Sunday, October 17, 2010

Students newspapers should take mobile-first approach

You’re at a major intersection near the entrance to your campus and you see that a car has collided with a motorcycle. An ambulance is on the scene. What do you do?

If you don’t have a conventional camera, whip out your cell phone and snap a picture. Send it back to the newsroom with a text message reporting the basic details of the accident. Within seconds you can have a brief news report up on your news website. If the accident is causing a traffic jam you may want to send out a news alert via Twitter or short message service (SMS).

That’s mobile journalism.

Mobile technology puts the basic tools of multimedia journalism into every journalist’s – really every person’s -- pocket.

The trick is knowing when and how to use these tools.

While some journalists carry a backpack of equipment – a digital camera, a video camera, an audio recorder, mics, cables and tripods -- with them at all times, others rely on their cell phones to help them capture the news.

But to be a true mobile journalist, you don’t just need the right equipment, you need the right mindset. You have to think: There’s news here. I’m a reporter. I need to cover this. Now!

Report what you know

Mobile journalism means not waiting to get the complete story, the verification from police, the quote from the official source. You need to go with what you have. That doesn’t mean spreading groundless rumors. But if you see fire crews in front of a building with smoke coming out of it or you witness police arresting a man outside the Humanities Building, you can report that and get additional facts and details later.

Steve Buttry, director of community engagement for TBD, a local news operation covering the Washington, D.C., area, says news organizations need to take a “mobile-first” approach at every level. “Reporters, editors and visual journalists need to think first about how to package and deliver news for mobile devices,” he wrote in a post for his blog, The Buttry Diary. “Information technology staffs need to work first on development of mobile applications for popular devices.… Designers need to present content that is clear and easy to read on the small screen (even if this means spending less staff resources on design of print or web products).”

As Buttry notes, mobile technology isn’t just changing the way journalists collect information, it’s changing the way they distribute it. You no longer can assume that readers are looking at your site on a wide computer screen; they may be checking you out on their cell phones or iPods. That means you need to optimize your site for mobile devices, simplifying your pages so they are easy to read on a 1- or 2-inch screen.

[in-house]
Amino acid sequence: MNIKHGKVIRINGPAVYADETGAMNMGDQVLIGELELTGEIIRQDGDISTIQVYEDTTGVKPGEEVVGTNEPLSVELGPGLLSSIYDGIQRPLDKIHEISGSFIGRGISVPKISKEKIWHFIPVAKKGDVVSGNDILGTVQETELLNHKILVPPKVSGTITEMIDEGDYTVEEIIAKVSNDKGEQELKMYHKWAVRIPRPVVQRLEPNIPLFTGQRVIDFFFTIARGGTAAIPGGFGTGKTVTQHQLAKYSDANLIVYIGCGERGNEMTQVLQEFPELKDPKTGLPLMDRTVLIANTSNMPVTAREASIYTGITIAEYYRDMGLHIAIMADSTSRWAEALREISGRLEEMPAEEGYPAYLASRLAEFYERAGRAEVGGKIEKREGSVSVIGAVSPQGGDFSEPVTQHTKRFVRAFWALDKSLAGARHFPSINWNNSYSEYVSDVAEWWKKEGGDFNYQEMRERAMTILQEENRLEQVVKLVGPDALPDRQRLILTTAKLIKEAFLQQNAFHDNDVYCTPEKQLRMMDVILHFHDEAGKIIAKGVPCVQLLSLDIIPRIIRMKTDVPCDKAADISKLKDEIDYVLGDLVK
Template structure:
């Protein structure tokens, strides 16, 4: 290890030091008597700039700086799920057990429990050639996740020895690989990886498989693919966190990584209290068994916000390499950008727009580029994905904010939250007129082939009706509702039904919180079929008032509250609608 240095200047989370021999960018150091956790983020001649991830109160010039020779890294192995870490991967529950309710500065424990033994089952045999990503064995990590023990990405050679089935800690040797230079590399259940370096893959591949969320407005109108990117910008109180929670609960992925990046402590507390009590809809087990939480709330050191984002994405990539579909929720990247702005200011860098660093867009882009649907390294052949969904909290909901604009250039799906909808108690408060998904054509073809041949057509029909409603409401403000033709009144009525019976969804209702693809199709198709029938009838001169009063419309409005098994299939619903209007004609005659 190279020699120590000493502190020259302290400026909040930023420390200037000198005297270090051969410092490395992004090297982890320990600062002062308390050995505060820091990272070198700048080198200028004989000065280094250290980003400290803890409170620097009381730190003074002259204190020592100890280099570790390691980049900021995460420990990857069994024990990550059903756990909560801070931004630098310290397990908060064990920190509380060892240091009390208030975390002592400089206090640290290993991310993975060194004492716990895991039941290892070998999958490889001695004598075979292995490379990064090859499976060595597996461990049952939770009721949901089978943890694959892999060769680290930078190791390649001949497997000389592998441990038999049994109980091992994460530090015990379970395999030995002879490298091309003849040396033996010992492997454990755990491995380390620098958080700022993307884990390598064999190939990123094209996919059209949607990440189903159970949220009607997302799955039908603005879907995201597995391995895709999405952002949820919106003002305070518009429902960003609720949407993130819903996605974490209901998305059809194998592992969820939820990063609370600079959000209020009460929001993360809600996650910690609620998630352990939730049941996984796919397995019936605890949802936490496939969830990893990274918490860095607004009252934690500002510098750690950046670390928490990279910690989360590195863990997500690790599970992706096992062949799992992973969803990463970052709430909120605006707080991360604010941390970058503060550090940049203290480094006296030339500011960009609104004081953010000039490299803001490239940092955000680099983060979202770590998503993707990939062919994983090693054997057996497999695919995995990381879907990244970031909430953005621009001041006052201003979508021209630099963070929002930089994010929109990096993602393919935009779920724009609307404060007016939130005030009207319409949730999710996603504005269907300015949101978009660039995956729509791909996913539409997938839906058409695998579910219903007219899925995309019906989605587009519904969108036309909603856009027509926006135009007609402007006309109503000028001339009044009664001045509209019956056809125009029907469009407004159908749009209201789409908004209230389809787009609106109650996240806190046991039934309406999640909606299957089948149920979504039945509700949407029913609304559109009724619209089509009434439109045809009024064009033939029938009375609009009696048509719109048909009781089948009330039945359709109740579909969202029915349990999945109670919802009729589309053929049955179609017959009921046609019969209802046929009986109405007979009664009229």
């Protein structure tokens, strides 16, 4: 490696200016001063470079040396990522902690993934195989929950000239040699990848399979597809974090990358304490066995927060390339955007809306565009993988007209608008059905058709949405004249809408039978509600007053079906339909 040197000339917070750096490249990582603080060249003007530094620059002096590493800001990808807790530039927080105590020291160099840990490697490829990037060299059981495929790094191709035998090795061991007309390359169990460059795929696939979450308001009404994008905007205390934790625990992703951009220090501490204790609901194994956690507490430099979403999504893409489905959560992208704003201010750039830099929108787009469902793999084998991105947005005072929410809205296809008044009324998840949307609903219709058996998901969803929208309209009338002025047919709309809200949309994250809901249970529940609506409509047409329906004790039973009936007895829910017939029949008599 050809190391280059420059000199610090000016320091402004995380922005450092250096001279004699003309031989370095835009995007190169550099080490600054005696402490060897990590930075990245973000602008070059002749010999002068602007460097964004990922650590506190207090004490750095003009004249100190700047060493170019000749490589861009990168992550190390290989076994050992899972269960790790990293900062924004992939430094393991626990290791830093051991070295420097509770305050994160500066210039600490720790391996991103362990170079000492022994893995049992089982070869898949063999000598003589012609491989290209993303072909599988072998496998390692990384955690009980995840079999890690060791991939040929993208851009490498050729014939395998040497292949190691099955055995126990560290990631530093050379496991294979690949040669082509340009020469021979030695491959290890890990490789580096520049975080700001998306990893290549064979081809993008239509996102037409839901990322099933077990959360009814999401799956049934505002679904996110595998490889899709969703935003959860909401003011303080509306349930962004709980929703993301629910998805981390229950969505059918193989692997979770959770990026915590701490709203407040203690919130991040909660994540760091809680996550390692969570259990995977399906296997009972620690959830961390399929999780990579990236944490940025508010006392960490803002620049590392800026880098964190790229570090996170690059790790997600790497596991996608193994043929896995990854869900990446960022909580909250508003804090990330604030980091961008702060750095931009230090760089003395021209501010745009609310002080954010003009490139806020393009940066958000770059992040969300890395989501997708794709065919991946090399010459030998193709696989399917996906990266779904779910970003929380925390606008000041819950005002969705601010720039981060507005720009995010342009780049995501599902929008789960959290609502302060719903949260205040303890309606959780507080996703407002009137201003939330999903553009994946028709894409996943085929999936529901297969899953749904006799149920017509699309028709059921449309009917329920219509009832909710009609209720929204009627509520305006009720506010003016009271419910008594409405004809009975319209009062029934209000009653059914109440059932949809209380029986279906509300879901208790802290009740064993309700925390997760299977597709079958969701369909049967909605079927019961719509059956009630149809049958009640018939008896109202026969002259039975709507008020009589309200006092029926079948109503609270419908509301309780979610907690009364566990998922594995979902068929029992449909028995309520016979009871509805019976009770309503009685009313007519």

Devise a mobile strategy

If your news organization doesn’t already have a mobile strategy, it may be time to craft one. Think about who your readers are and what will be useful to them. Keep in mind that mobile readers tend to be more local than online readers. In that way, they’re more like your print readers.

But they also tend to be younger and more technologically savvy – more students, less faculty and staff. And they're constantly plugged in. You want to be one of the sources they scan regularly, whether it's on Twitter, Facebook, SMS or your website.

Think about what your audience wants. “Mobile users like local information, video, breaking news and weather,” Regina McCombs, who teaches multimedia at the Poynter Institute, writes in a column for PoynterOnline. “Mobile users are socializing, multitasking, and passing time. And they're conscious of data rates and battery life, so they want it fast.” Check out McCombs' "10 Questions to Help You Craft a Mobile Strategy (Before it's too late)."

What do readers care about?

College news organizations should consider what their readers care about: on-campus activities, sports, building or campus closures, traffic conditions, disruptions in public transportation, crime, bargains.

If you're at the on-campus farmers market and a merchant is offering everything half off for the final hour, snap a picture and tweet it. If you're on the train to school and the driver announces a 20-minute delay, let your readers know.

The more you use mobile technology to report what's happening, the more your readers will look to your news organization as the definitive, can't-live-without-it source on the information they care about.

How is your news organization using mobile journalism? Respond to this post and I may use you in an example in a future column.

1 comment:

natdalton said...

Awesome blog! I work for my schools online newspaper and I would love to get involved abroad someday. Thanks for the great information!